That's all I have.



PS Today I started reading The Voice of the River by Melanie Rae Thon. Interesting structure, interesting style. 

Dear Surya,
This sentence runs counter to how I’d write it. It’s long, flowing, lyrical; yet the characters are without water. Shorter sentences create more anxiety. So at first blush, this sentence is interesting to me for what it isn’t.
You’ve done a great job analyzing this sentence. So I’ll try to add rather than repeat.

As I said above, shorter sentence create more tension. Yet when I read this sentence, I feel anxiety. Why? First we get, as you noted, the gentle alliteration of “s” and sibilant sounds--sand/sky/shimmer/swim. And you have the lovely image created by the word “mural.” McCarthy makes you see this landscape by adding this word, which does the work of defamiliarization. If the sentence ended there, I’d say it failed to mimic what the characters were experiencing. That is, style would have departed from content.

But then McCarthy does something interesting. As he uses more conjunctions, he includes more plosive consonants—(plosives are p,t,k,b,d,g)—and they create a harsh sound. We’ve moved away from the soft flow of “sand and sky were beginning to shimmer and swim,” and onto a land that is described with plosives---“periodic/aslant/tufted/stalks/mutant/desert/propagating/angrily/dry/desert.”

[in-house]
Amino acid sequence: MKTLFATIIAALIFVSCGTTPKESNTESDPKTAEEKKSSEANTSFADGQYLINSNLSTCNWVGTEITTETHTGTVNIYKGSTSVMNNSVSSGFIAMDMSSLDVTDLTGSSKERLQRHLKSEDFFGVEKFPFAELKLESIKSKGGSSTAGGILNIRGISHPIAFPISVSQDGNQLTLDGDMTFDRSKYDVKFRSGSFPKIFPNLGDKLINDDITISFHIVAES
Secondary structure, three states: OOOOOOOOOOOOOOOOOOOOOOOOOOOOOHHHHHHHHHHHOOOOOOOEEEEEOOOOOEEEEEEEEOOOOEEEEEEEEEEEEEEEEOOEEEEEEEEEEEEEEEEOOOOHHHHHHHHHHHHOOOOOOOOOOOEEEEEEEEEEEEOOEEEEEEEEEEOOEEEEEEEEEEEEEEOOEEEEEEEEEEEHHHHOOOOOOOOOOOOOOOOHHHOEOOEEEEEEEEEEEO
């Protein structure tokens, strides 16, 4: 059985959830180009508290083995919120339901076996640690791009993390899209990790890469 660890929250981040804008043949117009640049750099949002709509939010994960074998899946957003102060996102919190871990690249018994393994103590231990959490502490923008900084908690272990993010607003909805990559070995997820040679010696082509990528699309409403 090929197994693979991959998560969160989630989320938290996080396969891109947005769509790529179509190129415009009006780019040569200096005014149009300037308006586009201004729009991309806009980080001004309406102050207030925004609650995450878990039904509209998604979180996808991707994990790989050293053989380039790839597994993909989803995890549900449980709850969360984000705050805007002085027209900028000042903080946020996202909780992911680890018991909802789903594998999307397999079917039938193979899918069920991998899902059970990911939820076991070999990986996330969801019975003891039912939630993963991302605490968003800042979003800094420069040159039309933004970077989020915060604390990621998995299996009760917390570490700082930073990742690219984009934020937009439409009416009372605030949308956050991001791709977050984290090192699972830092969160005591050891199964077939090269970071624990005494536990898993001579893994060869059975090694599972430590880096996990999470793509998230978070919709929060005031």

With this movement to harsher sounds, we also move away from the water imagery. The characters are twenty-four hours without water and at first the desert, “the barren mural of sand and sky” seems to be providing them with water via a mirage –“shimmer and swim.” But by the end of the sentence, the characters will not find salvation in this landscape. Water imagery is gone, replaced by “periodic arrows” and “tufted stalks of mutant desert growths,” and “dry desert air.” What great movement!

The sentence ends on an ugly image with interesting diction through a simile: “like the tufted stalks of mutant desert growths propagating angrily into the dry desert air.” That adjective, “mutant,” as you noted, leaps off the page. I keep coming back to the movement of the sentence—how it starts with beauty and here we are ending with mutant.  Mutant is related to “mutation,” which means change or a significant and basic alteration. Something is about to change in this world. At the same time, when I let myself free associate, I come up with words like alien, strange, not human. Yes, the Glanton Gang is looking for scalps. And they are in an inhospital landscape—the desert—which is not fit for human life.

Now I want to reread Blood Meridian.

Sunday, July 28, 2013

A Death in the Family - James Agee

If you haven't read James Agee's masterpiece A death in the Family, you must.  It's a brilliant account of grief and loss told from an omniscient POV in prose that takes your breath away. 
 For example, here's what I found fairly late in the novel:

"Without either desiring to see her face, or caring how it looked, she saw that it had changed; through the deep, clear veil her gray eyes watched her gray eyes watch her through the deep, clear veil." 

The entire novel is full of sentences that simply astonish you. Agee, deeply influenced by William Faulkner, cannot help but attempt to surpass the master. Amazingly, Agee still manages to sound original while employing much of Faulkner's style.